This article appeared originally in Gulf News: link to original article
I have always been against the idea of starting a business while having a full-time job. Similarly, I never believed that someone who’s serious about their business would maintain a full-time job.
Anyway, I broke my own rule recently as an opportunity presented itself, when someone whom I have known for some time needed seed money for his business venture. I agreed, subject to full management being his responsibility.
Starting the business was quite straightforward, a clear testament of where the UAE stands today with regards to its global ranking in Ease of Doing Business, published annually by the World Bank. What wasn’t easy though was choosing a name, to our own surprise, and the costs involved.
Choosing the name is probably our own fault for naively presuming that we will pick any name within a certain theme, and be fortunate enough to find that name available. We figured it out eventually, without having to go for any of our names, or that of a poet or a philosopher because of the push for Arabic names.
More on that later.
Steep entry cost
Now to get the trading license, it costs us more than Dh20,000, spread between one federal entity and five local entities. This is of course not taking into account any other costs that could come up in the future as more individuals are employed by the business.
Again, this is the amount to be paid to be able to open a business. I find this a bit bizarre and out of place. Here’s why.
One, if we would like to support entrepreneurship and the development of a vibrant environment for small and medium enterprises (SMEs), high start-up fees are surely not the way to go. The higher those business start-up fees are, the more they discourage individuals from starting their own businesses, encouraging them instead to find a job, and most probably in the public sector.
In addition to that, high start-up fees can affect the nature of the business that one would get into, getting into a business with the ability to make a quick buck and recover those high start-up fees. For instance, getting into food and beverages (F & Bs) instead of manufacturing.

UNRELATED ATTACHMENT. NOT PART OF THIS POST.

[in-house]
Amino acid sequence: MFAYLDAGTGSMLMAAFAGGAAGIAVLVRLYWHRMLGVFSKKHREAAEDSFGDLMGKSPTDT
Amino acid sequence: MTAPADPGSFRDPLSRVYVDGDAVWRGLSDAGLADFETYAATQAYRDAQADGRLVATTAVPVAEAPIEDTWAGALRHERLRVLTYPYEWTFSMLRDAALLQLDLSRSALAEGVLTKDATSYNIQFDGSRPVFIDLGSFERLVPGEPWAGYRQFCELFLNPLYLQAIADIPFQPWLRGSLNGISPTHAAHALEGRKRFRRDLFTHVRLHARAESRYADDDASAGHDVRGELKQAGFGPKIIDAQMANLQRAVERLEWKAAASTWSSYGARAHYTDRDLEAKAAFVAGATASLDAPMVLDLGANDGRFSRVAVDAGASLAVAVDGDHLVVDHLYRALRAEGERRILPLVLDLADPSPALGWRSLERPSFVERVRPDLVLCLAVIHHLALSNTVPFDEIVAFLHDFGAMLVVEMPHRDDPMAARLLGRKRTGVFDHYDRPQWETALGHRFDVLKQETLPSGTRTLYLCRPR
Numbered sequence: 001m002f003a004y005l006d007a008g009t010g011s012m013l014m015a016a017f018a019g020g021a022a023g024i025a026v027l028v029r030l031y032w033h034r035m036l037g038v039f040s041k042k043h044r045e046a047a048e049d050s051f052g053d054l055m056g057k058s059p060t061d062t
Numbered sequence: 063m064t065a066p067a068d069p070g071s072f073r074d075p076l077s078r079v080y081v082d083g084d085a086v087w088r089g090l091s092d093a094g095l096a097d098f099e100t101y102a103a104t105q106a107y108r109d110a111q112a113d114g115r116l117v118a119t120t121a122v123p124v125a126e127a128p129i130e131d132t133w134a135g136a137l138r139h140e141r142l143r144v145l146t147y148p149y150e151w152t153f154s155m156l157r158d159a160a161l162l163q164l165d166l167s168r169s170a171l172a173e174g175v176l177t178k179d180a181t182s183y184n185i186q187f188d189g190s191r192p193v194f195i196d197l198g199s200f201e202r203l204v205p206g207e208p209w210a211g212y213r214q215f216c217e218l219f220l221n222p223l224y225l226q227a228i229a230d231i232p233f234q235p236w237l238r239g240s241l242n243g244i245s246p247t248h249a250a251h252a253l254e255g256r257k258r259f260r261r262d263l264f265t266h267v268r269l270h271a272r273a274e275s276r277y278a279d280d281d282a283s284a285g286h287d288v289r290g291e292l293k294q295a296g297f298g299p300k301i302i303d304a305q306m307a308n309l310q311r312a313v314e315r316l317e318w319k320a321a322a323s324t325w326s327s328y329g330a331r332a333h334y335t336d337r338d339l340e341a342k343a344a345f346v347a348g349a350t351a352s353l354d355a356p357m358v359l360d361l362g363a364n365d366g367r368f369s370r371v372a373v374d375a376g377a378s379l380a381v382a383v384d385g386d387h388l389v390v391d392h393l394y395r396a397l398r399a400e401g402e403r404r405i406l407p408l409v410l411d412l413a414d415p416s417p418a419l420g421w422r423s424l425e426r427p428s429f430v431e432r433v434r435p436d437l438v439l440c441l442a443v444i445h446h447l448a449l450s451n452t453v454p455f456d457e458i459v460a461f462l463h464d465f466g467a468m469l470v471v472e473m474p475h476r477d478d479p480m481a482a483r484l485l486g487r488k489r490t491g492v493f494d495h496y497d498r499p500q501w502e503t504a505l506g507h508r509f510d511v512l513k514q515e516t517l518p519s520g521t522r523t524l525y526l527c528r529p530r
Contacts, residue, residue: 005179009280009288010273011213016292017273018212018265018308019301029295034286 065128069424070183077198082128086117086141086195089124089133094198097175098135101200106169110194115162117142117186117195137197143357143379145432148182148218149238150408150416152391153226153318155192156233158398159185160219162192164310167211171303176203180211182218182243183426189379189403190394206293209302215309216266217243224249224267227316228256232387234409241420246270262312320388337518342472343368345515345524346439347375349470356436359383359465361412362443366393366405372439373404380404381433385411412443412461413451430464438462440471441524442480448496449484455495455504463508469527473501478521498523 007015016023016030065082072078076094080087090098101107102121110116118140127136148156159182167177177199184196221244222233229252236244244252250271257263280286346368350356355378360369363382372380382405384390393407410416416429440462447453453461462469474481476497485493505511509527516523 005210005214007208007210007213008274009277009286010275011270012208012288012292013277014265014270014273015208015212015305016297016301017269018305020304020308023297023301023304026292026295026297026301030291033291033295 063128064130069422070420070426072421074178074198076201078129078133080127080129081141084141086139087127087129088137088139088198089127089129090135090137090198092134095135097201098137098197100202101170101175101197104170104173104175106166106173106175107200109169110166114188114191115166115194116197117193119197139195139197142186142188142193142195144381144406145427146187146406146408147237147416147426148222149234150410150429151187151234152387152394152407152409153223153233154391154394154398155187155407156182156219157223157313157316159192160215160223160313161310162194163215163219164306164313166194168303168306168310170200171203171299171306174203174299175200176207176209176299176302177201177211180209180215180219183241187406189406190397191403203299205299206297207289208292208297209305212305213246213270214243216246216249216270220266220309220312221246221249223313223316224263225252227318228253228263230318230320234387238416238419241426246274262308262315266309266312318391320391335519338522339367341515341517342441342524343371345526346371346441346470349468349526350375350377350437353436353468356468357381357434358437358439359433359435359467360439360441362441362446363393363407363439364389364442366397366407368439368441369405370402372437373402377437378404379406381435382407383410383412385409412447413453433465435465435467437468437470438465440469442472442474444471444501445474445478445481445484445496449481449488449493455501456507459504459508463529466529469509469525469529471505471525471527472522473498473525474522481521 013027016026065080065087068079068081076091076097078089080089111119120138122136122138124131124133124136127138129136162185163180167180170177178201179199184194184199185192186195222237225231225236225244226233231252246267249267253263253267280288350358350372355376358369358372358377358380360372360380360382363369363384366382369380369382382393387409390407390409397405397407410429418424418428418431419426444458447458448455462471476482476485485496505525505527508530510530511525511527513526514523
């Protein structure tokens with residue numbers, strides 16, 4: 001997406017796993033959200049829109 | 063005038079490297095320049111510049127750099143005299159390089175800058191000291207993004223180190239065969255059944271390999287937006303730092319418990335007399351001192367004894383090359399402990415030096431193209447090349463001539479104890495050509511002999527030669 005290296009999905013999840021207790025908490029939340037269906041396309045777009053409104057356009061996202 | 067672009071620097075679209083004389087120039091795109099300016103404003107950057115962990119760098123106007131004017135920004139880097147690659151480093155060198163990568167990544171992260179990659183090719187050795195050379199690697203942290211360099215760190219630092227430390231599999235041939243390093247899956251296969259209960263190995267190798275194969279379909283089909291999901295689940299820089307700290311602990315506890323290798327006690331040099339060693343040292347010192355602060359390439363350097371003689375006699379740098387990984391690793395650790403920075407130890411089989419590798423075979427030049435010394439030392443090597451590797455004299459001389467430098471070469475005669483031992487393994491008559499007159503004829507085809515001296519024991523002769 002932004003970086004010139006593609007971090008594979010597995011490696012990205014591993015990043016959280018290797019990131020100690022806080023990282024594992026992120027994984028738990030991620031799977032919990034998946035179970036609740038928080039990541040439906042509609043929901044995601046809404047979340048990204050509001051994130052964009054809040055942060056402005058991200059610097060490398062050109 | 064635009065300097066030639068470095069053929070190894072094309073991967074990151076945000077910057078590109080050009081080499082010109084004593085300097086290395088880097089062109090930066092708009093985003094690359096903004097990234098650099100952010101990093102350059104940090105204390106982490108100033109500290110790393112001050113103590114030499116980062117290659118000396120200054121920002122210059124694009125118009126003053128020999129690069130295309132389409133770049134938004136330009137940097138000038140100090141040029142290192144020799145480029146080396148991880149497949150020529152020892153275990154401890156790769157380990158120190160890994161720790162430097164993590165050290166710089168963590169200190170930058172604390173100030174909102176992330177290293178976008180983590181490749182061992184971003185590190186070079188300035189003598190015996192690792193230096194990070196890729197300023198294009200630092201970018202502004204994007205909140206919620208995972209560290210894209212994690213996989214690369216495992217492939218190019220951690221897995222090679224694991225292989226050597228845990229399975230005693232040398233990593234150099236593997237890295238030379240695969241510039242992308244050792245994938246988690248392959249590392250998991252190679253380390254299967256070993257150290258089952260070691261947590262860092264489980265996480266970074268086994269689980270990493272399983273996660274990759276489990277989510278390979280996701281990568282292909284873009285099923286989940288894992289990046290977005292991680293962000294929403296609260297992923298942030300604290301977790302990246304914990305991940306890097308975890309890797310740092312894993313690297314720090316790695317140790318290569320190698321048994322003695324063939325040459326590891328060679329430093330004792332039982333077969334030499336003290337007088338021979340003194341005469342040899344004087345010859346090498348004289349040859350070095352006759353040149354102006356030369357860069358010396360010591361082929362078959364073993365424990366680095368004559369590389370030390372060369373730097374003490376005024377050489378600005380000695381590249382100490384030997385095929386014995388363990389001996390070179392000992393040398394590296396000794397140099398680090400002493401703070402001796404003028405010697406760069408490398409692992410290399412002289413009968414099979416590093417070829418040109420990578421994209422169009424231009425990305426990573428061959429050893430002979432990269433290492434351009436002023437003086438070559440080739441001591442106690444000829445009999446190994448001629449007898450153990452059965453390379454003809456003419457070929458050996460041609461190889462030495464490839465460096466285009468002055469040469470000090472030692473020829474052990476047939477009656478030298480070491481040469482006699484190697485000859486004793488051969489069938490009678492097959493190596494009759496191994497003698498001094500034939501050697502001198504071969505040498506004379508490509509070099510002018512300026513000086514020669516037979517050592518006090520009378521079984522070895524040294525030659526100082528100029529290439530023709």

Cost of a name
Two, part of the high start-up fees is having to pay an annual fee of Dh2,000 for the use of a non-Arabic name. If the aim is to encourage start-ups, then we should accept that a majority of those will not be owned by Arab individuals.
It thus makes no sense to charge such an annual fee. This is even more so the case given the new law that allows up to 100 per cent foreign ownership.
Now for the UAE to stay entrepreneurially competitive, the start-up fees model will need to go by introducing a corporate tax model in its place.
In the UK, for instance, start-up costs are negligible. The idea is that those start-ups should not be squeezed out of business before they have even started, especially when there are other costs to take care of, including rent and payroll. As such, governments make it easy and cheap to start a business, realising that doing so will generate additional economic activities.
That is, those businesses will create jobs and will obtain loans to expand their business or even expand into other sectors, which by itself fuels additional economic activities. Governments are, therefore, better off allowing those businesses to actually grow with fewer start-up financial obligations in their first years, then make more money from income-connected corporate taxation.
In conclusion, the UAE’s start-up model must move away from one that focuses on burdensome start-up fees to one that taxes corporate income. Corporate taxes, with growing businesses and incomes, will generate higher government revenues than fees would, ever.
The last thought that I want to leave you with: At what income level should the corporate tax kick in?